If the universe is “fine tuned,” that is, if the constants of nature are so perfectly tuned as to allow life here on Earth, then it behooves us to look for a cause. That’s a big “if,” as I’ll get to in a minute, but let’s first allow that it really is fine tuned.
For instance, if the cosmological constant, a measure of the expansion rate of the universe, was slightly larger than what we now measure, galaxies (and therefore stars and planets) wouldn’t form, i.e. no us. The electromagnetic force — which dictates how atoms work, is dictated by the fine-structure constant; change it by a tad, and there goes matter: again, no us. And on and on, through another 24 constants of nature, all seemingly precisely tuned to allow us to be here, not to mention (by the way!) the rest of the universe as we observe it.
The God solution is that she/he/it fixed these constants just so at the time of the Big Bang … and here we are, nearly 14 billion years later. Sounds a bit iffy — what is she/he/it got one of the constants slightly wrong? (And anyway, who or what fine-tuned God?) The problem with the God solution is that it doesn’t go anywhere. Any questions can be answered by, “God did it,” and there goes your curiosity about, well, anything. That is, the God solution is ascientific: science has nothing to say about it. Then there’s…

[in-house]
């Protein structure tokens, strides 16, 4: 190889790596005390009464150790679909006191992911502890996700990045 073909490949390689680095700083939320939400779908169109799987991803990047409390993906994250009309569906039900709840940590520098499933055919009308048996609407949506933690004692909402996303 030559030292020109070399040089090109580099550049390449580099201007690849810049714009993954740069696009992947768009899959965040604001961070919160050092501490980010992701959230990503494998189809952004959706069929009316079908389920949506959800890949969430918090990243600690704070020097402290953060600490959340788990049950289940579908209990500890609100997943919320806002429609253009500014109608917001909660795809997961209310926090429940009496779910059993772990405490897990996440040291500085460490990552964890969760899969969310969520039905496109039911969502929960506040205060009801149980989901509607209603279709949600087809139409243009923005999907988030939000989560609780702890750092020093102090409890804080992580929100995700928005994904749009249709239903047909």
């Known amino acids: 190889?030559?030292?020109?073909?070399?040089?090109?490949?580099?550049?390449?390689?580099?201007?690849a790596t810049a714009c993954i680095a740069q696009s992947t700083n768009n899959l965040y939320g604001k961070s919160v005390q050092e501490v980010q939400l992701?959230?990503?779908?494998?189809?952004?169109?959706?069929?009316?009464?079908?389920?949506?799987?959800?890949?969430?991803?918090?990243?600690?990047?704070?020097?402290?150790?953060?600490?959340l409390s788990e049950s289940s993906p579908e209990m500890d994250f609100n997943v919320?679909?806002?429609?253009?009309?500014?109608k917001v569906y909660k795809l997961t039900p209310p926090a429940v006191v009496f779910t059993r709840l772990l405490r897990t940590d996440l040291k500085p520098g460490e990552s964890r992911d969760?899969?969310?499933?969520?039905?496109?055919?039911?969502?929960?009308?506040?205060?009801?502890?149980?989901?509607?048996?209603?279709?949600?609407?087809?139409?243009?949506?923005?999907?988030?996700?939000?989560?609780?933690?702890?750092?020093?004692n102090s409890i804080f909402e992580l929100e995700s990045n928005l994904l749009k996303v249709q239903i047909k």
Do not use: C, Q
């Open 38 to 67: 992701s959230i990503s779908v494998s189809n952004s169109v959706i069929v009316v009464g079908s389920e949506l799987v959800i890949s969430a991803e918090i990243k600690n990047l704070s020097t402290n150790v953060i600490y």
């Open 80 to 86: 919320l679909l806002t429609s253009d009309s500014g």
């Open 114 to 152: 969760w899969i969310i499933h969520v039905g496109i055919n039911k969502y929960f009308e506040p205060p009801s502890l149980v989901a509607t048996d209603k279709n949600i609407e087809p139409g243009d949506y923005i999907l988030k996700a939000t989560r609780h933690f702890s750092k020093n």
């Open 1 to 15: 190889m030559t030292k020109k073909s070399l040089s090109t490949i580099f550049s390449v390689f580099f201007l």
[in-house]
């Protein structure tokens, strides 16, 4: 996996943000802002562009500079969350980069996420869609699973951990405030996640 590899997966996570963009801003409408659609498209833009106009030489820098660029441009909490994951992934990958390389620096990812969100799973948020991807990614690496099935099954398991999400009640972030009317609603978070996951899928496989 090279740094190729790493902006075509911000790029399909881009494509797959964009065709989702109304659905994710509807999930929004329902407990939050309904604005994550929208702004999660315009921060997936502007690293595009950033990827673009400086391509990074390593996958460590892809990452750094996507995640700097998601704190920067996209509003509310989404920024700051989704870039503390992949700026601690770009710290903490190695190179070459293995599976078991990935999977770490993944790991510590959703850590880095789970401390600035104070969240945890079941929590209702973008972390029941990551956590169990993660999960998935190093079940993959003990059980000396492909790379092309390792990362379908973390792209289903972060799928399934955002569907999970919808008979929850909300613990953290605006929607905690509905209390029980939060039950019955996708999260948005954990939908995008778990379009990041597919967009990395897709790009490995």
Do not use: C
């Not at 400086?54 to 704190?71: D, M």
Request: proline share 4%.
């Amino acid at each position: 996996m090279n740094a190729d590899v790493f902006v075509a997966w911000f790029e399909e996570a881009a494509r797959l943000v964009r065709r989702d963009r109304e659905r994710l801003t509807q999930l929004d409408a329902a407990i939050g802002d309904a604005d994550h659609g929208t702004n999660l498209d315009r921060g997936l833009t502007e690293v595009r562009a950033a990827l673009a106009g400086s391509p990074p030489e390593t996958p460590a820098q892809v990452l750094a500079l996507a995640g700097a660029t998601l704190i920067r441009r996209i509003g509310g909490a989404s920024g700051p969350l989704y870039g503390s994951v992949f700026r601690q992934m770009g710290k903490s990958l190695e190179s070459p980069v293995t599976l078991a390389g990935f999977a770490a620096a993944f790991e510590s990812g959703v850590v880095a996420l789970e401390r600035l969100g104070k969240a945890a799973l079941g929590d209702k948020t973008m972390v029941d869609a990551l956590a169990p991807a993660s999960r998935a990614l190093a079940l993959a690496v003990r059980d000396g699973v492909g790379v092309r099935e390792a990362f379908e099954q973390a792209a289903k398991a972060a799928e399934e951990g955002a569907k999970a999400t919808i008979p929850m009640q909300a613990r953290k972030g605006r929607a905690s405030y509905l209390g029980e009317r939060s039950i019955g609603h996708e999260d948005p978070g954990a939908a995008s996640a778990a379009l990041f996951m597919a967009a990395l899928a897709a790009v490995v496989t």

The multiverse solution. If there are zillions of universes — perhaps an infinity of them — all with different constants, you’d naively expect that one of them (at least) would have the constants that we find in our universe. The multiverse wasn’t forced on us by fine tuning, by the way, but as the logical outcome of the inflationary model of the early universe. The idea is that it went through a short period of unimaginably rapid expansion to give us not only the universe we now see, i.e. our universe, but it would have spawned other universes, like a non-stop bubble machine.
Curiously, these two solutions, God and multiverse, have this in common: they’re both untestable — articles of faith, if you like — and therefore ascientific. Science, which is essentially a process to test hypotheses (the empirical method) has nothing to say about either of them.
The third response, which happens to be the one I’m partial to, is to ask, “How would we know if the universe is fine tuned or not?” Sure, it may look that way because of our expectations, but how do we know what to expect? We have no other universes for comparison. With a sample size of only one, we can’t say anything about the likelihood or unlikelihood of those 26 constants of nature having the values they have.
Or, to put it another way, “What fine tuning?”